Women are routinely offered a variety of genetic screening tests during their first three months of pregnancy to evaluate the risk for genetic disorders in their unborn baby. The first trimester screening tests are usually done between the 10th and 13th week of pregnancy. These tests involve measuring the level of certain substances in the mother's blood and obtaining an ultrasound.
Information from these screening tests, along with other risk factors such as a woman's age and a couple's ethnic background and family history of genetic disorders, are used to help calculate the odds that a fetus might be born with genetic disorders, such as Down syndrome, cystic fibrosis, Tay-Sachs disease, or sickle cell anemia. A key fact to remember is that these tests do not diagnose the disorders, but rather they only screen for the substances and show if there is an increased risk of a disorder. Further testing is always suggested to make a diagnosis.
Abnormal screening test results don't mean your baby is affected. In fact, most of the time, the fetus is not affected with a disorder, even if the screening result is abnormal. Out of 1,000 serum screening tests, an average of 50 will suggest an increased risk for open neural tube defects, but only one or two of the fetuses will have such a defect. Likewise an average of 40 out of 1,000 will test positive for increased risk of Down syndrome, but only one or two fetuses will actually have the condition.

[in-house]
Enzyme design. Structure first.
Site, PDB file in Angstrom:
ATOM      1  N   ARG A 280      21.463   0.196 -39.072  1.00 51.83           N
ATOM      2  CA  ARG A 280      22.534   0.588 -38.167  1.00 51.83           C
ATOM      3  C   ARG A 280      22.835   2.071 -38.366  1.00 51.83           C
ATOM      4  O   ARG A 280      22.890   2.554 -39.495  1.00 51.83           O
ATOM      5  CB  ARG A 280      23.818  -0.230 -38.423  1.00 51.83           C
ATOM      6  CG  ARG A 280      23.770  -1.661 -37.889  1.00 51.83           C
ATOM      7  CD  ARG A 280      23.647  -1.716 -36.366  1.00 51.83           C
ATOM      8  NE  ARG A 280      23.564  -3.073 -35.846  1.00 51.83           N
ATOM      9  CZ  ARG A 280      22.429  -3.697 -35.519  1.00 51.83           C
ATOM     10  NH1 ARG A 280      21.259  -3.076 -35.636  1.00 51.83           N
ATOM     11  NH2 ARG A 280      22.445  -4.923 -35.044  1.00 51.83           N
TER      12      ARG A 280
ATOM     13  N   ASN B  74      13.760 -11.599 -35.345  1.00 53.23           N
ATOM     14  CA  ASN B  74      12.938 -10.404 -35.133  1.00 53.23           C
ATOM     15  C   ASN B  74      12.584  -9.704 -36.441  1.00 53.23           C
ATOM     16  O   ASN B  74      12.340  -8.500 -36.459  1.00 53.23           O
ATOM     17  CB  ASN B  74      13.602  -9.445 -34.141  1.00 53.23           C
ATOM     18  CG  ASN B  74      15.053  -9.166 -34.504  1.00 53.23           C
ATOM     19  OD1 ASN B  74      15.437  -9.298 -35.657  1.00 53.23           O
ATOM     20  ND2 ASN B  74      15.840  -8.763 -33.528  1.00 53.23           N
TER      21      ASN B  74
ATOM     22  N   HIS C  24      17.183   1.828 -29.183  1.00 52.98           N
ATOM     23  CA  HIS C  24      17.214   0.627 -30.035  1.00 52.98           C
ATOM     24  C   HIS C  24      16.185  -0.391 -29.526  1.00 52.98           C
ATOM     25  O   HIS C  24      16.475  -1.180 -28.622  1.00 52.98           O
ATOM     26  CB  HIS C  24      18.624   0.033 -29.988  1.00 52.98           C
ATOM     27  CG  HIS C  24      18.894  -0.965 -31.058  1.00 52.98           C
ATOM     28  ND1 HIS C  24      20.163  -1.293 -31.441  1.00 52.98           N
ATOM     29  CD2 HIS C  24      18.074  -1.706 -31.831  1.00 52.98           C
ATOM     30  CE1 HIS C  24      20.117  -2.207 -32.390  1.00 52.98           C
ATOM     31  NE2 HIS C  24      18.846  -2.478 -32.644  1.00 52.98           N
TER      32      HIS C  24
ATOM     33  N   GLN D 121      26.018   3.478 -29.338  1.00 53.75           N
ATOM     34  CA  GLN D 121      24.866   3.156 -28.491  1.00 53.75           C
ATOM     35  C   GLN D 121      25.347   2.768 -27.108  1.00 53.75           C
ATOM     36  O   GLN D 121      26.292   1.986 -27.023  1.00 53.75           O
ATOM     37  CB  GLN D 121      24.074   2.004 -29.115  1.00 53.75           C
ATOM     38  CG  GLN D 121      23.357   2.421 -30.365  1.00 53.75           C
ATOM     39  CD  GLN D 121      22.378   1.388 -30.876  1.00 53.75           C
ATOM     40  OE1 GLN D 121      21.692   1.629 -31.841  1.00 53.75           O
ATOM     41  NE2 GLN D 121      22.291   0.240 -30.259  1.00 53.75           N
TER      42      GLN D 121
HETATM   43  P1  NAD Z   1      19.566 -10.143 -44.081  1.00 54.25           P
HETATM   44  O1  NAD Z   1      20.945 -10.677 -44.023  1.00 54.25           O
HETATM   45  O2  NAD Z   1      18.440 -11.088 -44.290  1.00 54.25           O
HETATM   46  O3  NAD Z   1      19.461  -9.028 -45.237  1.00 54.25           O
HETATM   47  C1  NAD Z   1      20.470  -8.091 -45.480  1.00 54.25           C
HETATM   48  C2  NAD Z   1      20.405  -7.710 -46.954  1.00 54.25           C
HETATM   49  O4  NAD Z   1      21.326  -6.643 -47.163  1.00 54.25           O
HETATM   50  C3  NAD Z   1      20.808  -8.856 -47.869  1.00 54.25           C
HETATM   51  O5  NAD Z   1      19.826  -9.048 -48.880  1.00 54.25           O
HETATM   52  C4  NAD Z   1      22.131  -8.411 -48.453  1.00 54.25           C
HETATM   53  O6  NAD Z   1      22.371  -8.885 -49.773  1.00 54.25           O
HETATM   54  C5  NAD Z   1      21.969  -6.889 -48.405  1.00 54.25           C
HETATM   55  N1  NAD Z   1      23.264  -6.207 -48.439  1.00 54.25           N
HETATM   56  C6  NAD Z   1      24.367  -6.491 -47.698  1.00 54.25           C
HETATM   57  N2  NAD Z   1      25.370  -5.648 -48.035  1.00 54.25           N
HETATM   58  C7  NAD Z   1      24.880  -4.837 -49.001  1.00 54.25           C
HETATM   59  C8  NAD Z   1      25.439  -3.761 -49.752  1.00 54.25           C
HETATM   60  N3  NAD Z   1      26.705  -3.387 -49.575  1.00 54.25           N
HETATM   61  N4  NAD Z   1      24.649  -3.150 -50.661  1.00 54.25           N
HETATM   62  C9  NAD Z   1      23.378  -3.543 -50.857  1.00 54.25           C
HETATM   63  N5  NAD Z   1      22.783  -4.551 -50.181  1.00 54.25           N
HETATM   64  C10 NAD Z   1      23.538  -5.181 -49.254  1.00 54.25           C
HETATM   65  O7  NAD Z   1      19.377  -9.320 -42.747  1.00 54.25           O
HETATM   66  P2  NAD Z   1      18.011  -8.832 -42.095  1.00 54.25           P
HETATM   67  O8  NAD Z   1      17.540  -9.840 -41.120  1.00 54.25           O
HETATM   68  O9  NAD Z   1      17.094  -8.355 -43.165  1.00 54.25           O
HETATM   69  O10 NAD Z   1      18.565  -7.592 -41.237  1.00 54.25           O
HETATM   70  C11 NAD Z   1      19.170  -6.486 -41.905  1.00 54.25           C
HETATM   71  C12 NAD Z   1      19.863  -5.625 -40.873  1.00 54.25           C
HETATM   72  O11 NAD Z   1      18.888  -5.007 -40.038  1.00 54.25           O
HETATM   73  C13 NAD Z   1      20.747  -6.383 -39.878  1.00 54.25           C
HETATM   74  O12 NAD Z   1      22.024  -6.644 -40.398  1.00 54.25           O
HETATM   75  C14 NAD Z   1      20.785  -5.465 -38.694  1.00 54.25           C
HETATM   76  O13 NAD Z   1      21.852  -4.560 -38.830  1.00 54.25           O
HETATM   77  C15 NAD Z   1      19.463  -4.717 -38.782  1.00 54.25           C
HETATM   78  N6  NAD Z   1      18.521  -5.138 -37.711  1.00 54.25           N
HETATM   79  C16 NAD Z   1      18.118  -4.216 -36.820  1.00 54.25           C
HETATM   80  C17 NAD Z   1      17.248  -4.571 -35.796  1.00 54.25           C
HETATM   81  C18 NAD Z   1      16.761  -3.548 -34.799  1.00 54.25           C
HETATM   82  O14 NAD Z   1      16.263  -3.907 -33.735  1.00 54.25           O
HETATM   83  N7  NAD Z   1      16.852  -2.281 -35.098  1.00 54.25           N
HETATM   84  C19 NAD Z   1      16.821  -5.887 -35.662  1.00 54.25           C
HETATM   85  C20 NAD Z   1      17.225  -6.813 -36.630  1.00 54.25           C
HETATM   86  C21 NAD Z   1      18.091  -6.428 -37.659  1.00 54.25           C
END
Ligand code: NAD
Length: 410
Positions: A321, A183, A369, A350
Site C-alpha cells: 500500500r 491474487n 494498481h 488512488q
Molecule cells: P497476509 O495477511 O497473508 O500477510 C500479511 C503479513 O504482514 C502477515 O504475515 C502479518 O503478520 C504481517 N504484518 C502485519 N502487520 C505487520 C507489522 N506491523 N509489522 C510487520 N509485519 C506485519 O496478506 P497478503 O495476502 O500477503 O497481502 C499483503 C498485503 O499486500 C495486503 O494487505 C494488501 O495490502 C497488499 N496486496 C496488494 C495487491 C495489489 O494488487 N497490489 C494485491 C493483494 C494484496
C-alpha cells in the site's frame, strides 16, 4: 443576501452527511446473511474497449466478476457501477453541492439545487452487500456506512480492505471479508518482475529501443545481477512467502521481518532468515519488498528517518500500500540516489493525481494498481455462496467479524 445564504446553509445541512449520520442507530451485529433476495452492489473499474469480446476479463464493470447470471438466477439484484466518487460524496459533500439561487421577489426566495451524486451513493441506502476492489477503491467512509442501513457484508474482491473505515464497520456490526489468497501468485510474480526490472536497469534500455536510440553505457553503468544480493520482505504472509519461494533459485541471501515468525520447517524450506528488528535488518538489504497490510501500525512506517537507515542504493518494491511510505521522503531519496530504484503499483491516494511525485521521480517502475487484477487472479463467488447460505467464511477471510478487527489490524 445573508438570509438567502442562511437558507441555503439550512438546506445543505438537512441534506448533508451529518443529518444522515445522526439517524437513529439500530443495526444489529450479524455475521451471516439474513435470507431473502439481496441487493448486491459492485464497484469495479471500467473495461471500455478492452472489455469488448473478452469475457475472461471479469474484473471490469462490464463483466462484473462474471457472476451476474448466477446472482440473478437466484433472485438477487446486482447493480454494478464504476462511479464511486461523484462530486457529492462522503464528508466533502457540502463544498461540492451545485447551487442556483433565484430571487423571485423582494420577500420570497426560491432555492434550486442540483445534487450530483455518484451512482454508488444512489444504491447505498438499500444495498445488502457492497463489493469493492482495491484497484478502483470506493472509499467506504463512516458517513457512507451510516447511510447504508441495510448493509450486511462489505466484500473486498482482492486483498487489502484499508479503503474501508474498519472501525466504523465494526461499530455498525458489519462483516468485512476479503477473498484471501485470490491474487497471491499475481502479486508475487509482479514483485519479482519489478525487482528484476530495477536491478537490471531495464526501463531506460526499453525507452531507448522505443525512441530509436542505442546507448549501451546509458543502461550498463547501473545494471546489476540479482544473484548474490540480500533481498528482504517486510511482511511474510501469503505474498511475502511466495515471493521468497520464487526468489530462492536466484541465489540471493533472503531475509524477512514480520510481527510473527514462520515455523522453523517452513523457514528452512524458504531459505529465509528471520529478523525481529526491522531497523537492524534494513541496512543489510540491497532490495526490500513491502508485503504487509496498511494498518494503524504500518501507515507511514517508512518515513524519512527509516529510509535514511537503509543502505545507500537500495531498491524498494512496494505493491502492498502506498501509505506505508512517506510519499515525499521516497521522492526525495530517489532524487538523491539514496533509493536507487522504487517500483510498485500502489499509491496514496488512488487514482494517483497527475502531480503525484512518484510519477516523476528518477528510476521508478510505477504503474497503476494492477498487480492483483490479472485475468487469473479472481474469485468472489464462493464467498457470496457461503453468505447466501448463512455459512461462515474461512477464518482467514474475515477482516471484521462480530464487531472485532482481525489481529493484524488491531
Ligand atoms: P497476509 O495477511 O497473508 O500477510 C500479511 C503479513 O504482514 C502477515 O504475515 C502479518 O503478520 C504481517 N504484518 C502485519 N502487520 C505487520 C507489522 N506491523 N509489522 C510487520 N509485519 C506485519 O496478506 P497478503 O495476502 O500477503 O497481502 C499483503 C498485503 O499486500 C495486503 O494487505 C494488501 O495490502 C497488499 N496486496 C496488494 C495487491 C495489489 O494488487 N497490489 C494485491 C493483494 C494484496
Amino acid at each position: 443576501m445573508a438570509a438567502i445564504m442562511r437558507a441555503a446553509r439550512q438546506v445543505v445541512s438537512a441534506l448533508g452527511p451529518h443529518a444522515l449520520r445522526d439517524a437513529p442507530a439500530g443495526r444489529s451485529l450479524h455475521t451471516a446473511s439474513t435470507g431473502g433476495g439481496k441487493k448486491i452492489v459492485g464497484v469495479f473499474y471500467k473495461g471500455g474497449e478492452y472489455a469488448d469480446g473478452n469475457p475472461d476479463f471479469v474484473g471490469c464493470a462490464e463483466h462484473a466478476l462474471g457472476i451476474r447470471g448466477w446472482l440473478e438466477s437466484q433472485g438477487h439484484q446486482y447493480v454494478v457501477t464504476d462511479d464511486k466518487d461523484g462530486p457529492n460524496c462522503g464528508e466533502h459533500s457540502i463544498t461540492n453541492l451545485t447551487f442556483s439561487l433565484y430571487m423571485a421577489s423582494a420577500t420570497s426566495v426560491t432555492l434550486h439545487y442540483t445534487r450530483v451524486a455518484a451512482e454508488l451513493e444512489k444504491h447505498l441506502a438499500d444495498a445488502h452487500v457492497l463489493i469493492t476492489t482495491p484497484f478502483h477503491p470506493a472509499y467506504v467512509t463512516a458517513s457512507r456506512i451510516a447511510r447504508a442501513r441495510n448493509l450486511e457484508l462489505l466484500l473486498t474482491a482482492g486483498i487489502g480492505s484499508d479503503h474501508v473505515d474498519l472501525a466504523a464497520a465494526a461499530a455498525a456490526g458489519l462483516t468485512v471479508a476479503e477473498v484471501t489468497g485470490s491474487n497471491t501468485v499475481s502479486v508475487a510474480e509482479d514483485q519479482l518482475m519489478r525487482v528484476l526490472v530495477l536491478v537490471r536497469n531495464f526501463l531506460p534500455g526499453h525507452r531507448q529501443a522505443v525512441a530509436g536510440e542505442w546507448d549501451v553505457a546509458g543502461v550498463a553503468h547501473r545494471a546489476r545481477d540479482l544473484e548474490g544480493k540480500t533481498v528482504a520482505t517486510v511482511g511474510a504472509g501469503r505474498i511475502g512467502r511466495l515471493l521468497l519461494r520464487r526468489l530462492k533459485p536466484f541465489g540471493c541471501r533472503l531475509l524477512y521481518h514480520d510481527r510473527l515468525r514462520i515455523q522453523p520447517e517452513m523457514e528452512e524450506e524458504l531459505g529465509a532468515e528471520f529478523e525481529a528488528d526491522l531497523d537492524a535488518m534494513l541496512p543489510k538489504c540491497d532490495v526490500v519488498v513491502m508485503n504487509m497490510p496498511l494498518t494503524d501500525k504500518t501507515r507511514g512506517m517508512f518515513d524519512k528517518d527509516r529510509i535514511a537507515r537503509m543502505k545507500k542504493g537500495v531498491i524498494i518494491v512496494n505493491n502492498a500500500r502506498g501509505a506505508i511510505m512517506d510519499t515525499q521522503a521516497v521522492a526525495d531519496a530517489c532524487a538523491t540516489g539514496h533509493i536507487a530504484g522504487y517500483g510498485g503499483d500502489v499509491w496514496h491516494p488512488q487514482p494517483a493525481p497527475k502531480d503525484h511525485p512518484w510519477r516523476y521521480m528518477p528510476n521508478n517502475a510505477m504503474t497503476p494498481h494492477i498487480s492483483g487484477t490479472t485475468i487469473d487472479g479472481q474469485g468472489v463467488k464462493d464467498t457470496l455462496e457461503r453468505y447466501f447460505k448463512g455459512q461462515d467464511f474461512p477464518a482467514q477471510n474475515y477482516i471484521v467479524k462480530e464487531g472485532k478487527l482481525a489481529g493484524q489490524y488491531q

Whether or not a woman decides to undergo genetic screening is her own choice, as positive results could produce anxiety and conflicting emotions. It's important to understand one's options and to be informed in order to make educated decisions about what is best for you and your family.
If you are pregnant or are planning on conceiving, talk to Dr. Strebel or Dr. Grolle at your next appointment about any concerns you may have and about what screenings or tests are right for you.
Read more online at: http://americanpregnancy.org/prenatal-testing/first-trimester-screen/